BIO, the Biotechnology Industry Organization, filed an amicus brief last Thursday asking the Supreme Court to overturn the Federal Circuit decision in Bilski v. Doll, a decision which created the "machine-or-transformation" test in which a method or process is only patentable if it is tied to a machine or if it transforms an article or substance into something different.
BIO joins many other industries who have voiced concerns about the uncertainty of the MOT test as applied to their technologies. For the biotech industry, BIO points out how biological, diagnostic, and other medicinal method patents could be challenged by the MOT test resulting in negative impacts on the biotech industry.
A key concern is that investors will shy away from the industry due to a lack of confidence in biotech patents as a vehicle for recouping research and development costs. Developing products in the biotech industry is an expensive and lengthy process often involving scientific research, clinical trials, and regulatory approval. Without strong, enforceable patent rights, it is doubtful the industry could survive and innovation would be stifled.
Clarification on the issues presented in Bilski is certainly warranted in regard to biotech IP. The MOT test does not seem to translate well into the biotech area. For example, the natural phenomena utilized to produce biotech patents are not analagous to the abstract ideas utilized to produce business method patents. A distinction cannot easily be made between patentable and nonpatentable subject matter in biotech by requiring a machine or transformation. Photosynthesis is a process that could pass the MOT as it transforms carbon dioxide, but should not be patentable as it is a natural occuring process. But by the same test, a diagnostic method would be deemed unpatentable if it does not incorporate a machine or if the patient is not "transformed." For biotech, a better test would better focus on whether something is a man-made biological process or a naturally occuring biological process.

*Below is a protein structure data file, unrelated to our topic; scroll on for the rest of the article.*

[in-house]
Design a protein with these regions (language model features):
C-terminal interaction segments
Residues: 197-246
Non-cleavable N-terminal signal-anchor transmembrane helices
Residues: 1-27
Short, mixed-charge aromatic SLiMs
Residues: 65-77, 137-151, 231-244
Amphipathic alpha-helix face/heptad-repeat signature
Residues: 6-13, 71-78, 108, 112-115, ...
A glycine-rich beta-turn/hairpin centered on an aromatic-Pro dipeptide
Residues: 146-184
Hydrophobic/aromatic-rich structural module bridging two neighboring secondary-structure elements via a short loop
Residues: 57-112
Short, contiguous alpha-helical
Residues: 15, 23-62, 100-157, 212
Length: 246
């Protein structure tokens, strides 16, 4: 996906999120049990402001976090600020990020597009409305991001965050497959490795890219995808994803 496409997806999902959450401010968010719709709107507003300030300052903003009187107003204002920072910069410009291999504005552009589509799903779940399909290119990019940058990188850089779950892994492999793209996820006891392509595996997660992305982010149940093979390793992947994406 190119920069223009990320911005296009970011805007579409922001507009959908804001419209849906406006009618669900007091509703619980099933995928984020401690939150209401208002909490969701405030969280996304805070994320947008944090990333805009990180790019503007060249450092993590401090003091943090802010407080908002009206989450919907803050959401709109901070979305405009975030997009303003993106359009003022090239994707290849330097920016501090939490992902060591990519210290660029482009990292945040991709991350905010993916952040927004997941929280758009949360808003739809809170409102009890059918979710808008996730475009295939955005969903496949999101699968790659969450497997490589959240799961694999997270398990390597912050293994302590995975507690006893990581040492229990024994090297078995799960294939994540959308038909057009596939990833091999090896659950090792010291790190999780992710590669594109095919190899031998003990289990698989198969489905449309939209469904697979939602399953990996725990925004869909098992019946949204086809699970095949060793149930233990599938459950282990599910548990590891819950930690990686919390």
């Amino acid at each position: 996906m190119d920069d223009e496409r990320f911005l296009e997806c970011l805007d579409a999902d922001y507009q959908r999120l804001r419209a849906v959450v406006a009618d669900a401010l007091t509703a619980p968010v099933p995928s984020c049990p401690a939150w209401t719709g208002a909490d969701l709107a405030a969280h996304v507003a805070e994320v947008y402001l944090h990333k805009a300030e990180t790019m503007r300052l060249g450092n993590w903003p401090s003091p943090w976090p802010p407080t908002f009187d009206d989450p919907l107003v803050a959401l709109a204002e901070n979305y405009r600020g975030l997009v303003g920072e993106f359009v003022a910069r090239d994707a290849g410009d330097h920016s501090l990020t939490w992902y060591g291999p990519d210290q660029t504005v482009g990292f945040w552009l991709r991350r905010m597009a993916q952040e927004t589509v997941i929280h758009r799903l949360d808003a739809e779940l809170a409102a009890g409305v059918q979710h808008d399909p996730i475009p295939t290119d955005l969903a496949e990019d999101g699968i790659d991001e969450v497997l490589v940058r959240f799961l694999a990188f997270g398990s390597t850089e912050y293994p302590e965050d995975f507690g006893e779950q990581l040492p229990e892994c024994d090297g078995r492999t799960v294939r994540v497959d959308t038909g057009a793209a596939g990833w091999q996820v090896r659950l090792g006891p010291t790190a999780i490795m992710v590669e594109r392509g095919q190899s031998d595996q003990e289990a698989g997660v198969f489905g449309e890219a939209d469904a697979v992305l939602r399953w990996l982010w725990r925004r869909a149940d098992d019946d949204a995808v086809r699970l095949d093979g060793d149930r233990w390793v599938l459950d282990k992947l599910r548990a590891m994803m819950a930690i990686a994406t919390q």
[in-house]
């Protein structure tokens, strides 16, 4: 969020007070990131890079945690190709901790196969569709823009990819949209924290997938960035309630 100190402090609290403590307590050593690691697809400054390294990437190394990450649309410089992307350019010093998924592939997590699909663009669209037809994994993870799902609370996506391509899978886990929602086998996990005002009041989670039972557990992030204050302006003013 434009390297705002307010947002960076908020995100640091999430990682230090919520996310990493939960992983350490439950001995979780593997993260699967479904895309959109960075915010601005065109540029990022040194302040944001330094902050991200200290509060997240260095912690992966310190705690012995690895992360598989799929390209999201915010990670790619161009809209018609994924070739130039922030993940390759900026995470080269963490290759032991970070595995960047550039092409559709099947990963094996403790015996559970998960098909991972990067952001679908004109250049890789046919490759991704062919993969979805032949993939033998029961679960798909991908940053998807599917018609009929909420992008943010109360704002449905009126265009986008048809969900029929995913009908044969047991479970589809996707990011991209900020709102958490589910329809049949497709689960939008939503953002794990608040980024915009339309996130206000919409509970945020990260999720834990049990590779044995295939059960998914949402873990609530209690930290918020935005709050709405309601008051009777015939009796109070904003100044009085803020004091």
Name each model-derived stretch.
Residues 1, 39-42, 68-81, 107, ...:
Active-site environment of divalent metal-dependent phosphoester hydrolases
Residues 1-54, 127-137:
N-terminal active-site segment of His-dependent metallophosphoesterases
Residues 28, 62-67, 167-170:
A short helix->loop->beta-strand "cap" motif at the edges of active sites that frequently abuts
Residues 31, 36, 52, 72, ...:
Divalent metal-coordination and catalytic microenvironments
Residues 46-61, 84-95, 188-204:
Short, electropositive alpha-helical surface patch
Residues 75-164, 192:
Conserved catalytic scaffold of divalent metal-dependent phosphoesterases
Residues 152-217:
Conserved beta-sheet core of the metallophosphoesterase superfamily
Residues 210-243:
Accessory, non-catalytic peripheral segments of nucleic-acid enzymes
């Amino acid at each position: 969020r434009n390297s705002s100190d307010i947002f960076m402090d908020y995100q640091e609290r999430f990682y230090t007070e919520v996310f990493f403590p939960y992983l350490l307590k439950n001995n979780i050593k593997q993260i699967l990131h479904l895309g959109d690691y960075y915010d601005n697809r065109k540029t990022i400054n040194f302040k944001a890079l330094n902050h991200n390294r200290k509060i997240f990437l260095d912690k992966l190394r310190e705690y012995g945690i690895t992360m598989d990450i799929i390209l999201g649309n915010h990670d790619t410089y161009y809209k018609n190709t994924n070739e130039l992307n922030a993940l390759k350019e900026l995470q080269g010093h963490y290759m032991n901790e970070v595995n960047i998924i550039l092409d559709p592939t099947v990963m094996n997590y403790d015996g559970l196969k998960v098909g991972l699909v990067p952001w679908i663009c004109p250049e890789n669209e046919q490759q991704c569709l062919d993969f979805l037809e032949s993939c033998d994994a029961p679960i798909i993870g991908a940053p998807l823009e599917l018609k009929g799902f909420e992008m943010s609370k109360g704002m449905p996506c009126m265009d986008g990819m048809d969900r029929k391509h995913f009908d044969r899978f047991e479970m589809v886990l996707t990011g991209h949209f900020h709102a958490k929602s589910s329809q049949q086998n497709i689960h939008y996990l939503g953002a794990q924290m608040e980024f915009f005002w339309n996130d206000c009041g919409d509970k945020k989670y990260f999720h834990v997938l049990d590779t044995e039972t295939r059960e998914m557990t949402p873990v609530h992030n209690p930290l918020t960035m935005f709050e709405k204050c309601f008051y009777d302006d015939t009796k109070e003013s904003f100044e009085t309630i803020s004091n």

The New York Times reports on High Speed Trading, using a loophole in the market large firms are cashing in by being able to see trades 30 milliseconds faster than the rest of the market. This coupled with co-location of computer systems give these large firms like Goldman Sachs an advantage as they are able to execute automated trading using these computers faster than it takes to blink. These came to light when a former employee of Goldman was arrested for allegedly stealing the software code that runs these machines.
The inequity that high speed trading gives these large corporations billions of dollars a year, all on the backs of the little investor who certainly can not compete with the technology of these behemoths. It appears time for the SEC to step in and regulate, at least investigate, these practices.
As the NY Times reports, unbeknownst to Amazon’s Kindle customers who purchased e-books of George Orwell’s 1984 and Animal Farm, the titles were secretly deleted from their owners devices. The books were deleted and customers accounts credited because the books were added to the Kindle store by a company that did not have rights to them. As comments rolled in on the Times’ Bits blog many questioned what it means to own an e-book.
Different protections exist for the protection of dead trees of older tech and the ones and zeros of the new age. These differing schemes afford the purchasers of the different media different rights with respect to their copy of the same underlying work. Technology and norms create differing schemes for protecting content owner’s rights. For instance, copyright law’s first sale doctrine (17 U.S.C. 109) gives the owner of a copy of a copyrighted work the ability to sell the copy without needing authorization of the copyright holder. This right does not extend though to works that are acquired through “rental, lease, loan, or otherwise, without acquiring ownership of it.” 17 U.S.C. 109(d). Here we see law work in tandem with societal norms: “I own this book, I can do with it like I please.”